A family corner was created in the center of the level, separating the rooms but acting as a central hub for the children to spend time together. The level is surrounded by balconies that can be directly accessed from the mini-suite, the family corner, and the boys’ bedroom. Once the children grow older, it would be easy to create sea-facing lounging corners on the balconies.
It was the dream of living in a penthouse that led the owners to look for a new property. To make the dream come true, considerable attention was given to outdoor planning on the top level, which includes one room used as an office. The space was laid with a deck in a play of heights giving it a dynamic sense of movement. The majority of the outdoor space was dedicated to a spacious outdoor lounge covered by a floating pergola. A bar was designed across from it with an optimal view of the sea as well as an external kitchen, shower, and a bench concealed with plants. The rooftop is surrounded by plants and bushes that conceal the walls and add a sense of privacy. Climbing plants were planted, which will eventually hide the building cladding.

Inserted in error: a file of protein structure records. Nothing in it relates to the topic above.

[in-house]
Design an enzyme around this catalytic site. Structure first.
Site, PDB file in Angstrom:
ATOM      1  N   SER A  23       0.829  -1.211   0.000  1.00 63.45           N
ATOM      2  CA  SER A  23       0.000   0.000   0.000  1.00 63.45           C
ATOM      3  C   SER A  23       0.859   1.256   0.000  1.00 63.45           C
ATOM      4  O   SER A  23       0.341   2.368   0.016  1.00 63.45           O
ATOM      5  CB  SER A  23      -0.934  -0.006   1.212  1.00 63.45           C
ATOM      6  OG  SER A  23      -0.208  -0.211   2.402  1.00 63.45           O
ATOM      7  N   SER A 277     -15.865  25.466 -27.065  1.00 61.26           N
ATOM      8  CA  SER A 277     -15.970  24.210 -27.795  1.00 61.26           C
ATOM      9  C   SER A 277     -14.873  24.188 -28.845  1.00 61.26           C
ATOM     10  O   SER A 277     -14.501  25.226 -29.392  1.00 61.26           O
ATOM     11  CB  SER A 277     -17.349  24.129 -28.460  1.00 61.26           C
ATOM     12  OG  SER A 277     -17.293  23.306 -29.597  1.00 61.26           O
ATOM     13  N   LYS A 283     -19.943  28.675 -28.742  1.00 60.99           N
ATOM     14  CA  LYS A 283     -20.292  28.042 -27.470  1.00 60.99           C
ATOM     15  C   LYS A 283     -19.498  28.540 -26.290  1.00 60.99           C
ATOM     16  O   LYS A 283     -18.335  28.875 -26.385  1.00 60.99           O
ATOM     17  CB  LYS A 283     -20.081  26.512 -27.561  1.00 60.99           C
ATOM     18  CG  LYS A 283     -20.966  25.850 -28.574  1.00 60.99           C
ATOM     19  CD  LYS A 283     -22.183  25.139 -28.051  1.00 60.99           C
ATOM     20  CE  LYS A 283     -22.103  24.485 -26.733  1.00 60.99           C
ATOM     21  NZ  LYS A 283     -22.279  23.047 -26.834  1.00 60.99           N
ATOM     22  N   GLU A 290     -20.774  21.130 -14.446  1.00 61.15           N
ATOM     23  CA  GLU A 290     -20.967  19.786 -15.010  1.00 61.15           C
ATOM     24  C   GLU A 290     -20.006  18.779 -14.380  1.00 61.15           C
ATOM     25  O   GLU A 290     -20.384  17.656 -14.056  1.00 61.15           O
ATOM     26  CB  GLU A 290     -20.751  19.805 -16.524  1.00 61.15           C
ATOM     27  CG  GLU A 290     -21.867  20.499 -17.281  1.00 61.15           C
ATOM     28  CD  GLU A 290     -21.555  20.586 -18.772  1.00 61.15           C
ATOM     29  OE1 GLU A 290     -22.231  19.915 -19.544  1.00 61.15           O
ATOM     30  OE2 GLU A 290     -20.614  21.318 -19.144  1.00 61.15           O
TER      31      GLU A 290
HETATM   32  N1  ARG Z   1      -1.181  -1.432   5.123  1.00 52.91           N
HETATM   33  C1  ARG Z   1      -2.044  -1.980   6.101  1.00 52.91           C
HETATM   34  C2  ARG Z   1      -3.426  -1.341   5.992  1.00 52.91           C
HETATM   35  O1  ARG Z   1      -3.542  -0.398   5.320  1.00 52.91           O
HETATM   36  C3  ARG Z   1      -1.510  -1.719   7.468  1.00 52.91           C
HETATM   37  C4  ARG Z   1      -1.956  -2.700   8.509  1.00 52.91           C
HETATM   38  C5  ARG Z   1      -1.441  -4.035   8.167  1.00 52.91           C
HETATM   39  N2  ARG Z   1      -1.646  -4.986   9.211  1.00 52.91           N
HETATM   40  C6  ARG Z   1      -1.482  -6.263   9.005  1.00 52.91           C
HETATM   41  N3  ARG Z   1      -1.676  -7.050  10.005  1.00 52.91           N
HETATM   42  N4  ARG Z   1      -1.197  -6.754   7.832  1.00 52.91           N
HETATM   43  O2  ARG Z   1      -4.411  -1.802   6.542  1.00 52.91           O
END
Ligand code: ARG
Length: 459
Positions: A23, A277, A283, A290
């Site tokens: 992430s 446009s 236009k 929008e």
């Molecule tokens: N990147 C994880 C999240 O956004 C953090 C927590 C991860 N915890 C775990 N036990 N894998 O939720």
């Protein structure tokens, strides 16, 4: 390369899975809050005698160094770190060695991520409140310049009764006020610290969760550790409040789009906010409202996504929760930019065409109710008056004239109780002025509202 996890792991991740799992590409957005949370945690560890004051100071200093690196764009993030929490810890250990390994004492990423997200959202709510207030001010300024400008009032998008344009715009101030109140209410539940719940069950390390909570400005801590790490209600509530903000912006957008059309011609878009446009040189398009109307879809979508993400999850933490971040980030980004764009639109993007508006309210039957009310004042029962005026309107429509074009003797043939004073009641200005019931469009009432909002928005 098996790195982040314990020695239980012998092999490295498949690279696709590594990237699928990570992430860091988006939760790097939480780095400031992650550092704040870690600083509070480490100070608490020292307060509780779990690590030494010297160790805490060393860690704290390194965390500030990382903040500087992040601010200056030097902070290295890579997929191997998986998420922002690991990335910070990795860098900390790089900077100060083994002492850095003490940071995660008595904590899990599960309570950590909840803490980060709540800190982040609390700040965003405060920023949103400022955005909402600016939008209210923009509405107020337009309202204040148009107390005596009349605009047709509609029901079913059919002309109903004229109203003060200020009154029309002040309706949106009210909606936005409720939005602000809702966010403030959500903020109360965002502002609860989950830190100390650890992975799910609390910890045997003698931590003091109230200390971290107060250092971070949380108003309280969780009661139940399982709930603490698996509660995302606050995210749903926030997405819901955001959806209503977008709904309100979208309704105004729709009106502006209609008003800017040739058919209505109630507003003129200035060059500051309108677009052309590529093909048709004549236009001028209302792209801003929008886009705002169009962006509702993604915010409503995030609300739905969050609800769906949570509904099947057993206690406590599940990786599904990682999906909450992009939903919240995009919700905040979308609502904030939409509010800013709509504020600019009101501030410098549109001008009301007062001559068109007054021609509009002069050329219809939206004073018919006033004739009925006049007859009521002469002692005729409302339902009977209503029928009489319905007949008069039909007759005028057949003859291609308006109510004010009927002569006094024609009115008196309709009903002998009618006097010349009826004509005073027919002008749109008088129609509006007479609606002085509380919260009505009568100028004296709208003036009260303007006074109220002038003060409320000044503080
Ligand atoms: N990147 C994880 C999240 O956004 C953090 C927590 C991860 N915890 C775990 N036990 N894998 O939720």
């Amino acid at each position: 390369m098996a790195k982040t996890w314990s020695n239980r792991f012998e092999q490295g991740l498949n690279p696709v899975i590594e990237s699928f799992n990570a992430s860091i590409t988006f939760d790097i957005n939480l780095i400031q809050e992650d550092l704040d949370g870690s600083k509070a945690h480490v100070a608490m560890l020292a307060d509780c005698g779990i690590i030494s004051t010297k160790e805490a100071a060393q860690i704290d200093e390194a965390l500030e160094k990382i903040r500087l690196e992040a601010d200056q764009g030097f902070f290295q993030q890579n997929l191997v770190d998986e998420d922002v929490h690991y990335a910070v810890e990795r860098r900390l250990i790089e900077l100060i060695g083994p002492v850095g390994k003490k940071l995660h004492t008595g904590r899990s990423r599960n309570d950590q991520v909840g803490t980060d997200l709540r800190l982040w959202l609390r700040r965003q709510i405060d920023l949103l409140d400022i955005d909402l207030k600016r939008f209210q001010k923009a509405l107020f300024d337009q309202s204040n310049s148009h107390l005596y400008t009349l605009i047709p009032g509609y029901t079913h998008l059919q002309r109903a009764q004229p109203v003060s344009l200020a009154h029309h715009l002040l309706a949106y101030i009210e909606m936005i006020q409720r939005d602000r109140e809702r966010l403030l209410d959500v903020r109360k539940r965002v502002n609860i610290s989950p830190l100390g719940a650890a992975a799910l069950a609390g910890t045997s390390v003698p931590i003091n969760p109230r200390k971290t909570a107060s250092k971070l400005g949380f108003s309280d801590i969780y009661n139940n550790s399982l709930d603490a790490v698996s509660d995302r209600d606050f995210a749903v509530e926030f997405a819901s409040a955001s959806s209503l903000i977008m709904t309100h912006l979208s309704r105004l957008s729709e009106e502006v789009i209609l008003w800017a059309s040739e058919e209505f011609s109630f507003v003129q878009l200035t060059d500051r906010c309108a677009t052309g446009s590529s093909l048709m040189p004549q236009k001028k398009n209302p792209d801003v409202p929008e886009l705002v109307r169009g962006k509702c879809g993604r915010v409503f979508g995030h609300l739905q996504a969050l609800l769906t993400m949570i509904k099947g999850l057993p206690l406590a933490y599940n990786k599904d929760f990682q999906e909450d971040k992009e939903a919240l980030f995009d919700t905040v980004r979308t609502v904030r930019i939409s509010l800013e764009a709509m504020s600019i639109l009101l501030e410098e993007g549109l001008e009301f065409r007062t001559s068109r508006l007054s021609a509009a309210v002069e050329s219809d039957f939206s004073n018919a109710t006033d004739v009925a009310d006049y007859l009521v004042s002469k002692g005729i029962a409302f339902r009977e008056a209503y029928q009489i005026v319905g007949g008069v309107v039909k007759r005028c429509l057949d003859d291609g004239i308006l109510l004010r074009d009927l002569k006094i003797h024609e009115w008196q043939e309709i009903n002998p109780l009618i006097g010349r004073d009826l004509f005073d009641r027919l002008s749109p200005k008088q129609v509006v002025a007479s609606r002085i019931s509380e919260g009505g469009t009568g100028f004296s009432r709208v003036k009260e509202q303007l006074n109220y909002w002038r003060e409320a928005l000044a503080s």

The Dulu Studio design team recommended a replacement of the existing staircase with a lighter more sculptural piece, but due to budget, the owners decided to keep the existing one. “The staircase was a constraint, but the correct design can bring wonderful results. The stairs were fitted with the same light parquet treads used throughout the property and the risers that were painted black create a sense of floating stairs. The handrail was replaced with a light white steel handrail”, summarizes Klein. The skylight above the staircase was renewed, allowing for natural daylight to wash all the levels, and in particular, the family corner on the children’s level.